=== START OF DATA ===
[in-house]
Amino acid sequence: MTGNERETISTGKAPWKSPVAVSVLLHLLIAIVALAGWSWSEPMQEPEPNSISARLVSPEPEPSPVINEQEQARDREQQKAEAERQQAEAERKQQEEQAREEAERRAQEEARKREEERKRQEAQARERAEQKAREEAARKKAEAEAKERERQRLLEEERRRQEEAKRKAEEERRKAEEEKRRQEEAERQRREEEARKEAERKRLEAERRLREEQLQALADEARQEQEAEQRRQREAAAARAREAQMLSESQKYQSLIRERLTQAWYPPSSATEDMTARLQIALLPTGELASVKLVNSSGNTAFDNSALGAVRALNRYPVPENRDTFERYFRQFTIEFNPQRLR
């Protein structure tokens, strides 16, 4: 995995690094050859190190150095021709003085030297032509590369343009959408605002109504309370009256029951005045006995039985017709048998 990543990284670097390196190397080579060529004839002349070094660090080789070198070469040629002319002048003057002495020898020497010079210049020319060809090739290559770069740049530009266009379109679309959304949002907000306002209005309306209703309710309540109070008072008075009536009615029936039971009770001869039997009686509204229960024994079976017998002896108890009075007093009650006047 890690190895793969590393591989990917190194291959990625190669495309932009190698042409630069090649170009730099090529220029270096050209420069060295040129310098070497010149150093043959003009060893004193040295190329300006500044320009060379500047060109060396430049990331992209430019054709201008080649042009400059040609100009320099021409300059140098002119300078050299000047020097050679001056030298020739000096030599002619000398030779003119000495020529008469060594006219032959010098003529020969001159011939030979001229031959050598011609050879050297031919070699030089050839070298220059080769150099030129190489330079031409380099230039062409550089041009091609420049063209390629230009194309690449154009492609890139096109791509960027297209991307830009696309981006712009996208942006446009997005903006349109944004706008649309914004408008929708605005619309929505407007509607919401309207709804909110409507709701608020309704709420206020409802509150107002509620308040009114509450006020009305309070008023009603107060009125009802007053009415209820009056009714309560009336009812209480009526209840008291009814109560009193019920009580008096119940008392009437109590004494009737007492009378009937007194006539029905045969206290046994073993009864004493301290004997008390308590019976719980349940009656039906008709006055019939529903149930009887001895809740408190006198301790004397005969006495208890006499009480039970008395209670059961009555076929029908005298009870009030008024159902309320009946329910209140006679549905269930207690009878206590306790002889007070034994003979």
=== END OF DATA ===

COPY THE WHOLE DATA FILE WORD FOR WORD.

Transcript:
[in-house]
Amino acid sequence: MTGNERETISTGKAPWKSPVAVSVLLHLLIAIVALAGWSWSEPMQEPEPNSISARLVSPEPEPSPVINEQEQARDREQQKAEAERQQAEAERKQQEEQAREEAERRAQEEARKREEERKRQEAQARERAEQKAREEAARKKAEAEAKERERQRLLEEERRRQEEAKRKAEEERRKAEEEKRRQEEAERQRREEEARKEAERKRLEAERRLREEQLQALADEARQEQEAEQRRQREAAAARAREAQMLSESQKYQSLIRERLTQAWYPPSSATEDMTARLQIALLPTGELASVKLVNSSGNTAFDNSALGAVRALNRYPVPENRDTFERYFRQFTIEFNPQRLR
């Protein structure tokens, strides 16, 4: 995995690094050859190190150095021709003085030297032509590369343009959408605002109504309370009256029951005045006995039985017709048998 990543990284670097390196190397080579060529004839002349070094660090080789070198070469040629002319002048003057002495020898020497010079210049020319060809090739290559770069740049530009266009379109679309959304949002907000306002209005309306209703309710309540109070008072008075009536009615029936039971009770001869039997009686509204229960024994079976017998002896108890009075007093009650006047 890690190895793969590393591989990917190194291959990625190669495309932009190698042409630069090649170009730099090529220029270096050209420069060295040129310098070497010149150093043959003009060893004193040295190329300006500044320009060379500047060109060396430049990331992209430019054709201008080649042009400059040609100009320099021409300059140098002119300078050299000047020097050679001056030298020739000096030599002619000398030779003119000495020529008469060594006219032959010098003529020969001159011939030979001229031959050598011609050879050297031919070699030089050839070298220059080769150099030129190489330079031409380099230039062409550089041009091609420049063209390629230009194309690449154009492609890139096109791509960027297209991307830009696309981006712009996208942006446009997005903006349109944004706008649309914004408008929708605005619309929505407007509607919401309207709804909110409507709701608020309704709420206020409802509150107002509620308040009114509450006020009305309070008023009603107060009125009802007053009415209820009056009714309560009336009812209480009526209840008291009814109560009193019920009580008096119940008392009437109590004494009737007492009378009937007194006539029905045969206290046994073993009864004493301290004997008390308590019976719980349940009656039906008709006055019939529903149930009887001895809740408190006198301790004397005969006495208890006499009480039970008395209670059961009555076929029908005298009870009030008024159902309320009946329910209140006679549905269930207690009878206590306790002889007070034994003979």